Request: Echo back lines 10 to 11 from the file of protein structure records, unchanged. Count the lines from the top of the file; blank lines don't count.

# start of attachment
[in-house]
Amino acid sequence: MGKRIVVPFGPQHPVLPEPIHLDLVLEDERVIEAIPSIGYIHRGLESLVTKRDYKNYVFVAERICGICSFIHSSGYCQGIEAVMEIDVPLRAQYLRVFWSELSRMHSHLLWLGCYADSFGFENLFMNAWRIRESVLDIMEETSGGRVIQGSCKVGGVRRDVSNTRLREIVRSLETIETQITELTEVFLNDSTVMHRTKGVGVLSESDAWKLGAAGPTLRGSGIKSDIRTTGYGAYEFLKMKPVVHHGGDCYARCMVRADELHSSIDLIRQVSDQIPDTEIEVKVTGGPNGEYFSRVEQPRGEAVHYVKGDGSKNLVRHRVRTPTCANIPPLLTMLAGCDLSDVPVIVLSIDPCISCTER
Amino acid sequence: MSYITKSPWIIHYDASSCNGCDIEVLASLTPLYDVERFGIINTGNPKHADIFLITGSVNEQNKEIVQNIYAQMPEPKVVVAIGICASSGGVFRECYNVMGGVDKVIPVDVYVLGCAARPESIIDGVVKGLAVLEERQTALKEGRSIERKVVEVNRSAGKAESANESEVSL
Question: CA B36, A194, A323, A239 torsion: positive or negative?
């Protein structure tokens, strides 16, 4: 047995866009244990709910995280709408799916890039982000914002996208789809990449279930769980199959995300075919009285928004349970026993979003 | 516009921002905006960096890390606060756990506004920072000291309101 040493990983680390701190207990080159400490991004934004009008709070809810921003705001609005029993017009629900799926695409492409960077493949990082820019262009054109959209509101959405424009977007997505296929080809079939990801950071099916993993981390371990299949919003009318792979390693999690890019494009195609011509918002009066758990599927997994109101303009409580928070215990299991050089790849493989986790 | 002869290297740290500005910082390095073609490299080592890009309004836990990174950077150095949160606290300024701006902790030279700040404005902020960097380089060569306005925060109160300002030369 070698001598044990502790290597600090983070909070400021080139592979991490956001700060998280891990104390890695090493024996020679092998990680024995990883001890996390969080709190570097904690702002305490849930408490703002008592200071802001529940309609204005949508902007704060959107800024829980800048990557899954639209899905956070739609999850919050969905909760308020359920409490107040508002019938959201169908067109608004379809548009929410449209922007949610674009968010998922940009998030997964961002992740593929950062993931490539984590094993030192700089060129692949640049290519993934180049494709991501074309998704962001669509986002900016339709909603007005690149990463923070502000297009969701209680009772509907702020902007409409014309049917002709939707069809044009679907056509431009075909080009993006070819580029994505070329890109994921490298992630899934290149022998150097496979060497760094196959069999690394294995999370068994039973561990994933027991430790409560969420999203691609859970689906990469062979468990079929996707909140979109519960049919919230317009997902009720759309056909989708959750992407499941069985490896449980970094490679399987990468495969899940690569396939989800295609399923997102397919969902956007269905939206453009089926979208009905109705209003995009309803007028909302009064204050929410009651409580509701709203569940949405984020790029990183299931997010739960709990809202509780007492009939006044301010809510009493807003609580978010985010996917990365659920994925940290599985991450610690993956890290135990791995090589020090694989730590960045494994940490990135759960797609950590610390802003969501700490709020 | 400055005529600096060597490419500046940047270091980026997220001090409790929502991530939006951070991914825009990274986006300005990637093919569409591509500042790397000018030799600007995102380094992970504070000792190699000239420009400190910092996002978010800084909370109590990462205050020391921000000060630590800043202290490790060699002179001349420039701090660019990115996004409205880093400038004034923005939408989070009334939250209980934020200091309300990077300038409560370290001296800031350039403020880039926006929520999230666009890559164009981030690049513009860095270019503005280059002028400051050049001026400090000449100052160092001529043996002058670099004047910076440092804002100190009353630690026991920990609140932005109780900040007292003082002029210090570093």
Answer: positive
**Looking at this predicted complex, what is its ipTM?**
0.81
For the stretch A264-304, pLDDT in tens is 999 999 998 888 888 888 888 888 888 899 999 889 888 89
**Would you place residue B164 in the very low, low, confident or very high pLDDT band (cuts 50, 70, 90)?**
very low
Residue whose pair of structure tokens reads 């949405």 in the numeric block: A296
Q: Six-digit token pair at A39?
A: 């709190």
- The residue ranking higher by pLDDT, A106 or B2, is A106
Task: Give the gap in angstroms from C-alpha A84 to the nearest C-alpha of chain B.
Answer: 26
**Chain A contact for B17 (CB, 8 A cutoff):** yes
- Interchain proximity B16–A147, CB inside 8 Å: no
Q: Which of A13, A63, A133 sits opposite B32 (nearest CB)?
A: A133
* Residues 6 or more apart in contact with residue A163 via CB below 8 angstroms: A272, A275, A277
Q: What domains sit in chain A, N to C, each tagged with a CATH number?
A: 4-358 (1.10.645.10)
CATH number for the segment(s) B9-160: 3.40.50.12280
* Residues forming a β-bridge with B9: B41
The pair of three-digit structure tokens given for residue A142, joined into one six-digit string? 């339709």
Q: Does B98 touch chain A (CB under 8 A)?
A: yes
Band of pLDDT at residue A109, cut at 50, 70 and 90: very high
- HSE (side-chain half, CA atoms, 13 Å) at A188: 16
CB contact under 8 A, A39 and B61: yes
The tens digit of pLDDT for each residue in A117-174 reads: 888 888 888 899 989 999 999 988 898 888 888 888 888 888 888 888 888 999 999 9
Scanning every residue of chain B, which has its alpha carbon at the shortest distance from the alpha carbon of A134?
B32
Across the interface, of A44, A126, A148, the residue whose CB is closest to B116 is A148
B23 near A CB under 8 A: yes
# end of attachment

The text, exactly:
**Would you place residue B164 in the very low, low, confident or very high pLDDT band (cuts 50, 70, 90)?**
very low